Skip to content

Creating Custom Sounds

Preparing the Audio File

Your audio files need to be formatted in a specific way. OGG Vorbis is an open container format for multimedia data, such as audio, and is used in case of Minecraft's sound files. To avoid problems with how Minecraft handles distancing, your audio needs to have only a single channel (Mono).

Many modern DAWs (Digital Audio Workstation) software can import and export using this file format. In the following example the free and open-source software "Audacity" will be used to bring the audio file into the right format, however any other DAW should suffice as well.

Unprepared audio file in Audacity

In this example, a sound of a whistle is imported into Audacity. It currently is saved as a .wav file and has two audio channels (Stereo). Edit the sound to your liking and make sure to delete one of the channels using the drop-down element at the top of the "track head".

Splitting Stereo track

Deleting one of the channels

When exporting or rendering the audio file, make sure to choose the OGG file format. Some DAWs, like REAPER, might support multiple OGG audio layer formats. In this case OGG Vorbis should work just fine.

Exporting as OGG file

Also keep in mind that audio files can increase the file size of your mod drastically. If needed, compress the audio when editing and exporting the file to keep the file size of your finished product to a minimum.

Loading the Audio File

Add the new resources/assets/<mod id here>/sounds directory for the sounds in your mod, and put the exported audio file metal_whistle.ogg in there.

Continue with creating the resources/assets/<mod id here>/sounds.json file if it doesn't exist yet and add your sound to the sound entries.

    "metal_whistle": {
      "subtitle": "sound.fabric-docs-reference.metal_whistle",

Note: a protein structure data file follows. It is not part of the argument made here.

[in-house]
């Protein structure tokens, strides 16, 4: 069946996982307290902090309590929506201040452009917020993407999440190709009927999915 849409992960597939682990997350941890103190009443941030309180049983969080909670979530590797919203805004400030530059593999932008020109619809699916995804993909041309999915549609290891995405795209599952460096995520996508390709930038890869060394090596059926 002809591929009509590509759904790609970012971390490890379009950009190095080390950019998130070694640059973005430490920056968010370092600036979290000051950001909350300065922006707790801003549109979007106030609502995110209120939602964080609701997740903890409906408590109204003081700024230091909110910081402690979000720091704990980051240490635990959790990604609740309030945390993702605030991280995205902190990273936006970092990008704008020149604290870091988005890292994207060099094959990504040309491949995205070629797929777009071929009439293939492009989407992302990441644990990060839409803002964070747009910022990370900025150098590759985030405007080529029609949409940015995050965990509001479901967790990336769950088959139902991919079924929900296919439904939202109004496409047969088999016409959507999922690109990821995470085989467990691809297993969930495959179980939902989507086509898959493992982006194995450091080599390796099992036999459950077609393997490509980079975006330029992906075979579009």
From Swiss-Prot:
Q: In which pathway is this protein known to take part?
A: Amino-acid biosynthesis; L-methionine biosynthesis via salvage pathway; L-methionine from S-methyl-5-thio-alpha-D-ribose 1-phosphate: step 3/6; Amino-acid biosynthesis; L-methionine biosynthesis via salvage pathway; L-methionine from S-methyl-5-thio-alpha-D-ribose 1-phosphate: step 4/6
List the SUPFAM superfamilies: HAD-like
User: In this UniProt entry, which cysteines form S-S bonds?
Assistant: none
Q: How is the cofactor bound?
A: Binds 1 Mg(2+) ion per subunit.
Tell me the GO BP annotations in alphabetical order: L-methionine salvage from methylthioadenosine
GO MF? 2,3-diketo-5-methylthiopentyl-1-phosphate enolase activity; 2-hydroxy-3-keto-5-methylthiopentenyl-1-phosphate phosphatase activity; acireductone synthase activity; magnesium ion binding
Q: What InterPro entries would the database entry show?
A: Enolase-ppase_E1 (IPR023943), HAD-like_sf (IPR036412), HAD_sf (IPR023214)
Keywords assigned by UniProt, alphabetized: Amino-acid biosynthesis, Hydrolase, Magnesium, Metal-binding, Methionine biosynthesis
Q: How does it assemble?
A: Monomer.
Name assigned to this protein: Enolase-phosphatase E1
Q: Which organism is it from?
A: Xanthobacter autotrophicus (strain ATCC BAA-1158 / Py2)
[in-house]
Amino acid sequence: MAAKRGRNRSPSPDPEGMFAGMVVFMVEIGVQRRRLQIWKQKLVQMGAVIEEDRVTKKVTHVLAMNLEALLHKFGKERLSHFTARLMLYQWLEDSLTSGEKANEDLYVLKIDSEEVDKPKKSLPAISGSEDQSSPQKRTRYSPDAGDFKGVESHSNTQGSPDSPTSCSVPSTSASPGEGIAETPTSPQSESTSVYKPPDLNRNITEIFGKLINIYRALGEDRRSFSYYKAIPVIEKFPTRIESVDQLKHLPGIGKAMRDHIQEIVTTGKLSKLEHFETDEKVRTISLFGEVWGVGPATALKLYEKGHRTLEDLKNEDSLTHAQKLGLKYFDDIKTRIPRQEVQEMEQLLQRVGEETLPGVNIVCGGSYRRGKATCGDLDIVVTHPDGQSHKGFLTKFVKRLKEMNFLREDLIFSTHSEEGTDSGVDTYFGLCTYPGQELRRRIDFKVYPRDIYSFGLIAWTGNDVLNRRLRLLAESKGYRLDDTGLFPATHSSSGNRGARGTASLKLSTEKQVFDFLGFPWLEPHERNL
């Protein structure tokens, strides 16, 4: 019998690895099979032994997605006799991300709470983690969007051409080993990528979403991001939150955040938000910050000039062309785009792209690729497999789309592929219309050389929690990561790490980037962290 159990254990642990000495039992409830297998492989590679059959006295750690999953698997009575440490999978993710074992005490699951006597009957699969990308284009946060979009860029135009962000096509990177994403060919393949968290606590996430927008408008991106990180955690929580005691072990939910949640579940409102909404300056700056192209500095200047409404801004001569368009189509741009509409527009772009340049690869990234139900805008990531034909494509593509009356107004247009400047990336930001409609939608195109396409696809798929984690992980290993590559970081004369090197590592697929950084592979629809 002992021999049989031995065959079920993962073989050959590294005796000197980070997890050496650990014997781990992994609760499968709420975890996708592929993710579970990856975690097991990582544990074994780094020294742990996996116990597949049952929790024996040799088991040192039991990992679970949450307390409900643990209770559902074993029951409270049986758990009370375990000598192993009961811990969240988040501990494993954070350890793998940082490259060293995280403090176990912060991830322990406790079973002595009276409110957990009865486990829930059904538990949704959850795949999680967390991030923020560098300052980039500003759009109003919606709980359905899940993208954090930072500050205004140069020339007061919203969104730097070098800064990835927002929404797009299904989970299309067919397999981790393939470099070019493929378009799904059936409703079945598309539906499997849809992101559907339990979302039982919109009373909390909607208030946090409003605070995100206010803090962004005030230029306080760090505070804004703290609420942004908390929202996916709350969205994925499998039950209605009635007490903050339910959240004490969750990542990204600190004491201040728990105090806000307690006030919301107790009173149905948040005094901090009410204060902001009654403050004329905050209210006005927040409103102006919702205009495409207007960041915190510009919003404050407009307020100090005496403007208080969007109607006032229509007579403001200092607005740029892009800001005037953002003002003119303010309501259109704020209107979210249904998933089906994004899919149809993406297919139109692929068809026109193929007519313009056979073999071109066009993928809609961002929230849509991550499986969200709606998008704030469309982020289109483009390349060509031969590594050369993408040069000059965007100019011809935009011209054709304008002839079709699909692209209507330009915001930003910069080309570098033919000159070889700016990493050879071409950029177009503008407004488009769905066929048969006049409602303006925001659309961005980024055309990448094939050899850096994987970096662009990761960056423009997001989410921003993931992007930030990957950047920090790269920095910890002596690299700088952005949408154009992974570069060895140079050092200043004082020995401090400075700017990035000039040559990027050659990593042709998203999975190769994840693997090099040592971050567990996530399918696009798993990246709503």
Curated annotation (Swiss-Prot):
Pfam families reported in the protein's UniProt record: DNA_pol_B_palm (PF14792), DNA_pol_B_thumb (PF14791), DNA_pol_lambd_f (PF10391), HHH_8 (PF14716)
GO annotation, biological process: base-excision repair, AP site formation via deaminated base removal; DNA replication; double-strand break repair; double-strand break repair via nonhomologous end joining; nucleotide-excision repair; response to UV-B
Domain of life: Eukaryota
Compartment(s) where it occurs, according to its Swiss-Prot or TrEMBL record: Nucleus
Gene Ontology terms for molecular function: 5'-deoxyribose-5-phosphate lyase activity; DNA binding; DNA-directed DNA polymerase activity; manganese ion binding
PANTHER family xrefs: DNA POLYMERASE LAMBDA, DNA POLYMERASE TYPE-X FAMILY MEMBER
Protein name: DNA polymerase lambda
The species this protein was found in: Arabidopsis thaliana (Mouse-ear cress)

"sounds": [

The subtitle entry provides more context for the player. The subtitle name is used in the language files in the resources/assets/<mod id here>/lang directory and will be displayed if the in-game subtitle setting is turned on and this custom sound is being played.

Registering the Custom Sound

To add the custom sound to the mod, register a SoundEvent in the class which implements the ModInitializer entrypoint.

Registry.register(Registries.SOUND_EVENT, new Identifier(MOD_ID, "metal_whistle"),
        SoundEvent.of(new Identifier(MOD_ID, "metal_whistle")));

Cleaning up the Mess

Depending on how many Registry entries there are, this can get messy quickly. To avoid that, we can make use of a new helper class.

Add two new methods to the newly created helper class. One, which registers all the sounds and one which is used to initialize this class in the first place. After that you can comfortably add new custom SoundEvent static class variables as needed.

public class CustomSounds {
	private CustomSounds() {
		// private empty constructor to avoid accidental instantiation

	// ITEM_METAL_WHISTLE is the name of the custom sound event
	// and is called in the mod to use the custom sound
	public static final SoundEvent ITEM_METAL_WHISTLE = registerSound("metal_whistle");

	// actual registration of all the custom SoundEvents
	private static SoundEvent registerSound(String id) {
		SoundEvent sound = SoundEvent.of(new Identifier(FabricDocsReferenceSounds.MOD_ID, id));
		return Registry.register(Registries.SOUND_EVENT, new Identifier(FabricDocsReferenceSounds.MOD_ID, id), sound);

	// This static method starts class initialization, which then initializes
	// the static class variables (e.g. ITEM_METAL_WHISTLE).
	public static void initialize() {"Registering " + FabricDocsReferenceSounds.MOD_ID + " Sounds");
		// Technically this method can stay empty, but some developers like to notify
		// the console, that certain parts of the mod have been successfully initialized

This way, the ModInitializer implementing entrypoint class needs to only implement one line to register all custom SoundEvents.

public class FabricDocsReferenceSounds implements ModInitializer {
	public static final String MOD_ID = FabricDocsReference.MOD_ID;
	public static final Logger LOGGER = FabricDocsReference.LOGGER;

	public void onInitialize() {
		// This is the basic registering. Use a new class for registering sounds
		// instead, to keep the ModInitializer implementing class clean!
		Registry.register(Registries.SOUND_EVENT, new Identifier(MOD_ID, "metal_whistle"),
				SoundEvent.of(new Identifier(MOD_ID, "metal_whistle")));

		// ... the cleaner approach.

Using the Custom SoundEvent

Use the helper class to access the custom SoundEvent. Checkout the Playing SoundEvents page to learn how to play sounds.